As soon as photography was invented, there was a very obvious subject for photographers to turn their cameras toward — the brightest object in the night sky — the Moon.
Louis Dageurre, the inventor of the daguerreotype process, is believed to have taken the very first photo of the Moon in 1839 but his laboratory later burned down destroying his work.
This means that the oldest surviving photo of the Moon was taken by John William Draper from the rooftop observatory at New York University on March 23, 1840. Draper took a 20-minute long exposure using the daguerreotype process and a 5-inch reflecting telescope.
It didn’t take long for photographers to start getting much better photos of our nearest celestial object with John Adams Whipple and James Wallace Black adopting new photography processes to capture a solid Moon photo in 1857.
Detail Moon Photos: Fake it Until You Make it
But people wanted to see more detail of the Moon’s surface. Step forward Scottish inventor James Nasmyth who devised a technique to make plaster casts of the lunar surface.
Nasmyth made them from detailed drawings after observing what he saw through his telescope. The plaster casts were then photographed on Earth and gave Victorian viewers a detailed representation of what the Moon’s surface looks like.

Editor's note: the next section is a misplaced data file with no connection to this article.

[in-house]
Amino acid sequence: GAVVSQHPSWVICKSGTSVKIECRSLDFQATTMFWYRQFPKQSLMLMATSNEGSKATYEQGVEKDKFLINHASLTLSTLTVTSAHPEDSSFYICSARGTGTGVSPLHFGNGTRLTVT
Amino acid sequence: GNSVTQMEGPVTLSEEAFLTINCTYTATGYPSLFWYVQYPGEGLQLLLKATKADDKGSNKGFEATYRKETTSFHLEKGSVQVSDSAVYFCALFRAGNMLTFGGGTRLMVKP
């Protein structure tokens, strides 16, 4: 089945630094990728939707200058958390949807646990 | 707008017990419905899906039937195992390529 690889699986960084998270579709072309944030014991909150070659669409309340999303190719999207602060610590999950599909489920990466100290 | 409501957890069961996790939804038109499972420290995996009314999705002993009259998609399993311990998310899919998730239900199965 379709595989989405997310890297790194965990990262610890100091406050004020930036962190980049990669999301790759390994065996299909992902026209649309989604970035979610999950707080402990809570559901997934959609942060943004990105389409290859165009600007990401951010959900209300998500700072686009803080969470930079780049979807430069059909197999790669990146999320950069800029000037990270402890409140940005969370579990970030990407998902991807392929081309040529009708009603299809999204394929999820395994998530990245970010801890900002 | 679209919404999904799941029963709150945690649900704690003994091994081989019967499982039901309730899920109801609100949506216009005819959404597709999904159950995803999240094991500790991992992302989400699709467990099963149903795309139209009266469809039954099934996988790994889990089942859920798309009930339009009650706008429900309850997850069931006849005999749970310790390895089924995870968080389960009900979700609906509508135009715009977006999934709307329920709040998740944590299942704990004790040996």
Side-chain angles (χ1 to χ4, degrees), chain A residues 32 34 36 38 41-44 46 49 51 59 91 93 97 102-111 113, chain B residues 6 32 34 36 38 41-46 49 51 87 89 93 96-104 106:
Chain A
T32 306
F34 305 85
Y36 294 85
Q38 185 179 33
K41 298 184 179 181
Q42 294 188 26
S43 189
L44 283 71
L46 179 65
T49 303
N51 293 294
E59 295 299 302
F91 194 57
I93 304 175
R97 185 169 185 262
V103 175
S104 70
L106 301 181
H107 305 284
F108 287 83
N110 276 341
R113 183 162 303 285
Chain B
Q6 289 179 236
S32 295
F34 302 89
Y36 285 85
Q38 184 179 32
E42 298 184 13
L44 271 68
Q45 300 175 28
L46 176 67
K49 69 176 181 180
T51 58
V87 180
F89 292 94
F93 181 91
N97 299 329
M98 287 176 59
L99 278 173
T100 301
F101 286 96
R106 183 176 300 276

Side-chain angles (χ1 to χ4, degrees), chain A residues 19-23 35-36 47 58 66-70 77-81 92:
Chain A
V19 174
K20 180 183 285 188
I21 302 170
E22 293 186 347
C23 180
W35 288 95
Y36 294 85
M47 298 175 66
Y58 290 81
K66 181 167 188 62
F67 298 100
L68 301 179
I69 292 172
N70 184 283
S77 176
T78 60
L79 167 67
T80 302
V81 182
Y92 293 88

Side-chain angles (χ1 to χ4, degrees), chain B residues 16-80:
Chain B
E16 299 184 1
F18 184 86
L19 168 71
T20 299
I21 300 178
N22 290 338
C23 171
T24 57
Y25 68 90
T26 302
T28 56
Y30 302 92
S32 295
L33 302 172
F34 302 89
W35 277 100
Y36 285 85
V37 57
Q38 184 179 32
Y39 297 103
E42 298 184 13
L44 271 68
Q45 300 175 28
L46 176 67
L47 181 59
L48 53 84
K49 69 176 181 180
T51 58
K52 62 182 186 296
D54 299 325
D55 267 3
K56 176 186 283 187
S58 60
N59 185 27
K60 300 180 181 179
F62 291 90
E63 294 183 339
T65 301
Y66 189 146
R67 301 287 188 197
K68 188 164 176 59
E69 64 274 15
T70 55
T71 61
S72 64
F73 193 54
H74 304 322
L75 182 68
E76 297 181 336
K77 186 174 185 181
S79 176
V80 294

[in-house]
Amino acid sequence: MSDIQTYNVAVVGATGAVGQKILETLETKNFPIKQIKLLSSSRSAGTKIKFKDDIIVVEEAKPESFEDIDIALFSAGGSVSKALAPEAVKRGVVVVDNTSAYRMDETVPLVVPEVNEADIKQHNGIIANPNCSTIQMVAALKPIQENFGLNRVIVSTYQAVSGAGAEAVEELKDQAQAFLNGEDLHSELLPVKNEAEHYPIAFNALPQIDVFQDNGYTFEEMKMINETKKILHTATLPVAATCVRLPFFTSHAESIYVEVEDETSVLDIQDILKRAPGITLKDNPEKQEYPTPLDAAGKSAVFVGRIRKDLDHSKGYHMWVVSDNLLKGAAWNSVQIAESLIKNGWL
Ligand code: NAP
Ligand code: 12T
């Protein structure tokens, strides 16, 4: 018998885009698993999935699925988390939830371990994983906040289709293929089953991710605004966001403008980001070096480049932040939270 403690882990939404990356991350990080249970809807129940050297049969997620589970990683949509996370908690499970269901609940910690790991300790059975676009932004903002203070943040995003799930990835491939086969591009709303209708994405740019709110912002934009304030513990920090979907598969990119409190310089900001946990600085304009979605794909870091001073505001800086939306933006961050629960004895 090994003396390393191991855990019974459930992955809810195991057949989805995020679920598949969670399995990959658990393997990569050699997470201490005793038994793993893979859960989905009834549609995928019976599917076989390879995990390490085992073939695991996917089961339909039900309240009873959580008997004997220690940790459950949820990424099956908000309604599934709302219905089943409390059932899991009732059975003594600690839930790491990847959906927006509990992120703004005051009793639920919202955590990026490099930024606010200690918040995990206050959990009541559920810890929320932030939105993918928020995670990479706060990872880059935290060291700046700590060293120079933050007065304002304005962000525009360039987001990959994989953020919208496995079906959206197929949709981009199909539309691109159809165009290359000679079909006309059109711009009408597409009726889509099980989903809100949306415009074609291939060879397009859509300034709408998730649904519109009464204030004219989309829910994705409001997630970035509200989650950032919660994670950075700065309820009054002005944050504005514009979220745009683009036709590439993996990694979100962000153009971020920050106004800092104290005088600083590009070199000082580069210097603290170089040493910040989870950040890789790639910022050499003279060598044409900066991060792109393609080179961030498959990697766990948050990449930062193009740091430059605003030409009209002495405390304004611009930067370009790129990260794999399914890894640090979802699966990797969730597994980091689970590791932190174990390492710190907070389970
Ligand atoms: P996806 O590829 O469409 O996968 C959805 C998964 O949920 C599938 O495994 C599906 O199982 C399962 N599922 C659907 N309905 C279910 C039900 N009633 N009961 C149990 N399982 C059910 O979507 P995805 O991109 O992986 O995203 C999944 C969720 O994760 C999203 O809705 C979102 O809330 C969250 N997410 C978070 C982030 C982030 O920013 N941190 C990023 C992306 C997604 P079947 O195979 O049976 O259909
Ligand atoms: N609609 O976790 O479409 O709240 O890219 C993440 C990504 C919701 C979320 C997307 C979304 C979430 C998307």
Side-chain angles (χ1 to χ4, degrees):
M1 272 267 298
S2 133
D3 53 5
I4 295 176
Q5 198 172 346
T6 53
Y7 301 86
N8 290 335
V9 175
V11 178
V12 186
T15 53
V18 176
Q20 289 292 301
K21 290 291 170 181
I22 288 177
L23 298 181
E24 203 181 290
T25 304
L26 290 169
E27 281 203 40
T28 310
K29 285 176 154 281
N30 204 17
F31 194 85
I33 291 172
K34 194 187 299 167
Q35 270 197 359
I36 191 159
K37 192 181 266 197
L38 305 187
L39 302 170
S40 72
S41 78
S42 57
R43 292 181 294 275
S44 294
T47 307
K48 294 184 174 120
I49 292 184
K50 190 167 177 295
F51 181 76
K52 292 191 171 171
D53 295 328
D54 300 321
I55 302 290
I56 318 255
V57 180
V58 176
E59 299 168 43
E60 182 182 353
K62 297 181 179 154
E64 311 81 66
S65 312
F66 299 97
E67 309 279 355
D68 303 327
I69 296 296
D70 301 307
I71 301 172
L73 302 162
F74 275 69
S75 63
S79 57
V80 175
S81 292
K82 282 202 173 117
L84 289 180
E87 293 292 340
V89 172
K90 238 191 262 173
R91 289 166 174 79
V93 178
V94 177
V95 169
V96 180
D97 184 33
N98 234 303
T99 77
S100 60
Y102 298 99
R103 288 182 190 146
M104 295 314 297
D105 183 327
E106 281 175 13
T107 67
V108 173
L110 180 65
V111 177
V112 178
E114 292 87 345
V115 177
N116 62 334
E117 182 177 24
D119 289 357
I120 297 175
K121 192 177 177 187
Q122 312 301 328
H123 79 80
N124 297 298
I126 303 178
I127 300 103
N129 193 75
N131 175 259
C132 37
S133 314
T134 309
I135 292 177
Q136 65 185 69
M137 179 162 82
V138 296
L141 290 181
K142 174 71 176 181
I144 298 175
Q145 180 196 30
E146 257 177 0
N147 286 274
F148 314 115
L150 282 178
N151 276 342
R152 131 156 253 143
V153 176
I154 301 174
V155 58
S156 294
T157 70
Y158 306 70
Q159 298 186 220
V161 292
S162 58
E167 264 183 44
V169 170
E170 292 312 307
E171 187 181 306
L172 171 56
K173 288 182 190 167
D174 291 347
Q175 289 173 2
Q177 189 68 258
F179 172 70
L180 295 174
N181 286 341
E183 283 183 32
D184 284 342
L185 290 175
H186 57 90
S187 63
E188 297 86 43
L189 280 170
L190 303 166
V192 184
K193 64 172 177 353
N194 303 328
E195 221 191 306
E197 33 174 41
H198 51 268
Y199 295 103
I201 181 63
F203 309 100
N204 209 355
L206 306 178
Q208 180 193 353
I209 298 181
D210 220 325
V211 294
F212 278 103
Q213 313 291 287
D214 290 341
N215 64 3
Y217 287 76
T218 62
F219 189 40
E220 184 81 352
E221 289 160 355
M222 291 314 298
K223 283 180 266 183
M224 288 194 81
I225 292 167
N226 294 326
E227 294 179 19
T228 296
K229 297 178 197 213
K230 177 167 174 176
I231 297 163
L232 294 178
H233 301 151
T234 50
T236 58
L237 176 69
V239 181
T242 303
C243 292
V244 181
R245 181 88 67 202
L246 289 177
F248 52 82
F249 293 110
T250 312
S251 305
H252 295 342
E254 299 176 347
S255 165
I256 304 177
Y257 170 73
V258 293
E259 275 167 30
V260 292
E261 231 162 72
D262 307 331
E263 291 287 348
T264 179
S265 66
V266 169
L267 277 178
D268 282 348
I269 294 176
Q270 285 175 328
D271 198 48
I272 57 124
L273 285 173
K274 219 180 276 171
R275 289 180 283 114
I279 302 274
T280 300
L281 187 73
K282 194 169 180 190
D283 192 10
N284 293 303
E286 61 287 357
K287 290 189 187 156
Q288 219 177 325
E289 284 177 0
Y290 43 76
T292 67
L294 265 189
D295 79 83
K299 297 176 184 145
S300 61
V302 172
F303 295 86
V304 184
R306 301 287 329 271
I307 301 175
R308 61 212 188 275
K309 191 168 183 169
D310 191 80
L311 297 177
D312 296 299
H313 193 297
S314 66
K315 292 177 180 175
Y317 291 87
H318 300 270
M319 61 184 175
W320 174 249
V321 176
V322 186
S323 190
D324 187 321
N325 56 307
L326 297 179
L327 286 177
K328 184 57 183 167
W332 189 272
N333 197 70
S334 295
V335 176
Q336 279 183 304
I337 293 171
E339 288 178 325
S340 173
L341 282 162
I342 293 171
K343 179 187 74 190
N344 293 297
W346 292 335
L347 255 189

Keeping it in the Family
William Henry Draper, the man who took the oldest-surviving photo of the Moon, had a son named Henry who inherited his father’s passion for astrophotography and is credited with taking some of the best Moon photos of the 19th century. There are photos of Draper’s astrophotography setup that was in Hastings-on-Hudson, New York,
Today, the Moon continues to be an object of fascination for photographers. In 2022, Andrew McCarthy shot two million photos over the course of a month to show how the Moon wobbles in the sky.
Even mobile phones can be used to capture the Moon, a teenager captured an impressive photo of the Moon using his smartphone.